Trim: 6⅜ x 9¼
978-0-7391-8642-8 • Hardback • March 2014 • $135.00 • (£104.00)
978-0-7391-8643-5 • eBook • March 2014 • $128.00 • (£98.00)
Dmitry Sergeevich Likhachev was professor at Leningrad State University.
Christopher Arden-Close received his doctoral degree in applied linguistics from Southampton University. He taught English language and literature for many years in Asian universities and has published articles on the teaching of English and Science in international journals.
Milena Rozhdestvenskaya is professor in the Department of Philology at St. Petersburg State University.
Table of Contents
Introduction to the English Translation
Introduction to the Original Text. The Boundaries of Early Russian Literature
Chapter 1. The Poetics of Literature as a System of the Whole
Chapter 2. The Poetics of Artistic Generalization
Chapter 3. The Poetics of Literary Methods
Chapter 4. The Poetics of Artistic Time
Chapter 5. The Poetics of Artistic Space
Instead of a conclusion. Why Study the Poetics of Early Russian Literature?
About the translator
The present translation is the first of this seminal work, which forms . . . a comprehensive analysis of the classification, problems, and complexities of the literature attributed to early Rusʹ and pre-modern Russia. . . .[The book] provides clear and in-depth consideration of the complexity of early Slavonic literary genres and their formation. . . .The Poetics of Early Russian Literature remains an invaluable resource for those interested in Russian history and literature and comparative medieval literature. . . .This study promotes a line of questioning that will be useful to students and scholars of Slavonic and broader medieval literature alike.
— Modern Language Review
It is important to praise Christopher M. Arden-Close’s translation, which reads very easily and maintains a balance between conversational and academic styles. . . .This work constitutes an invaluable resource to Russian studies students but will also be fascinating for any educated reader with a particular interest in medieval literature.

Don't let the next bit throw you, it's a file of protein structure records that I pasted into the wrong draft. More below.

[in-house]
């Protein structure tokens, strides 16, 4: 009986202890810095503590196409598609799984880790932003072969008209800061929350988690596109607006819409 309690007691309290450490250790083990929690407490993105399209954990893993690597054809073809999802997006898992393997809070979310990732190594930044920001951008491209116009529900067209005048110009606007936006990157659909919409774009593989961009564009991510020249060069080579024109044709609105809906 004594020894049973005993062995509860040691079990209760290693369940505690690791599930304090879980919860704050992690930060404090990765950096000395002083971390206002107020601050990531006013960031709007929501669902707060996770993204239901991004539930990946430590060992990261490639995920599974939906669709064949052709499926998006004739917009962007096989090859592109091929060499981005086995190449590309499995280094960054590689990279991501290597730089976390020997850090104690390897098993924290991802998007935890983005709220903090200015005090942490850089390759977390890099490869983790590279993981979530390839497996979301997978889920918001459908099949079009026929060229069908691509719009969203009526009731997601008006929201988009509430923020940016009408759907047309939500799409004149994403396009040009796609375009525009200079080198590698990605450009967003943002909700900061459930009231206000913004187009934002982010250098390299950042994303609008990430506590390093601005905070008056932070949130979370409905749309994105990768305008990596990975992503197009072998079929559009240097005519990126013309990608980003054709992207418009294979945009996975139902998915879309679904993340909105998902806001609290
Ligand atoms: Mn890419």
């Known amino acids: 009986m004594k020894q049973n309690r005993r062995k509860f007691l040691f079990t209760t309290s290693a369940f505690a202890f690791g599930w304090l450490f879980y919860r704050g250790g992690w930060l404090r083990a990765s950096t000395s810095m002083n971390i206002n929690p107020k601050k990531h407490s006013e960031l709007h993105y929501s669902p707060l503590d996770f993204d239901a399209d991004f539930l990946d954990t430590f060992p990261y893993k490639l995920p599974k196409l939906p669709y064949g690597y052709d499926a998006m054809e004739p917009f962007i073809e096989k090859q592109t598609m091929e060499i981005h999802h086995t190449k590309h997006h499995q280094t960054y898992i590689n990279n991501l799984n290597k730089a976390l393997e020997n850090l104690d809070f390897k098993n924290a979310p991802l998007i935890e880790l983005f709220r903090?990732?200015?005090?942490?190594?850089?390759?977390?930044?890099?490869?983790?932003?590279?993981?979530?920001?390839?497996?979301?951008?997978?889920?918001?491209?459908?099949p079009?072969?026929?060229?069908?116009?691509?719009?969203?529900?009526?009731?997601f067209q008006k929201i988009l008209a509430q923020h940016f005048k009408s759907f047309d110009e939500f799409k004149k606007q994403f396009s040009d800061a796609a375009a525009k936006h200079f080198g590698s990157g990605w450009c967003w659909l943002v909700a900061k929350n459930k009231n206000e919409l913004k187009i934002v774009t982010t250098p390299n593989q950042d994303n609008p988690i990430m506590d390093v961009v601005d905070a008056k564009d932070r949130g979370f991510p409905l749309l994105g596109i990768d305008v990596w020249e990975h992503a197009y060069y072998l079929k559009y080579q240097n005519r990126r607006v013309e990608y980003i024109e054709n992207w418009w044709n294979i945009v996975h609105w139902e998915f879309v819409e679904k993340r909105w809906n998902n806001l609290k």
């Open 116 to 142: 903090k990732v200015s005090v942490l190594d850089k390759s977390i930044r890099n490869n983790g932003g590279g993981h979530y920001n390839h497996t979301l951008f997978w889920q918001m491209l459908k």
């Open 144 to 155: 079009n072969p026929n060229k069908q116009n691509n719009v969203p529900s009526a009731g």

— Slavic Review
This is the most important work by Russia’s most significant twentieth-century interpreter of medieval culture. It delivers far more than its title promises. Likhachev’s book is not just an erudite analysis of a somewhat obscure (to anglophone readers) literature. Indeed, Likhachev’s innovation lay partly in his insistence on bringing literary approaches to the study of a broad range of cultural practices—verbal, representational, architectural—which had not normally been associated with ‘literariness’ at all. The result is a broad, subtle, and engaging vision of pre-Modern Russian culture as culture (rather than merely as devotional practice, which is how it tends to have been regarded). Part of Likhachev’s aim was to bring the study of Russia’s cultural past into productive dialogue with the study of other medieval cultures. His insights and methods have much that should interest and intrigue a wider audience.
— Simon Franklin, Clare College, Cambridge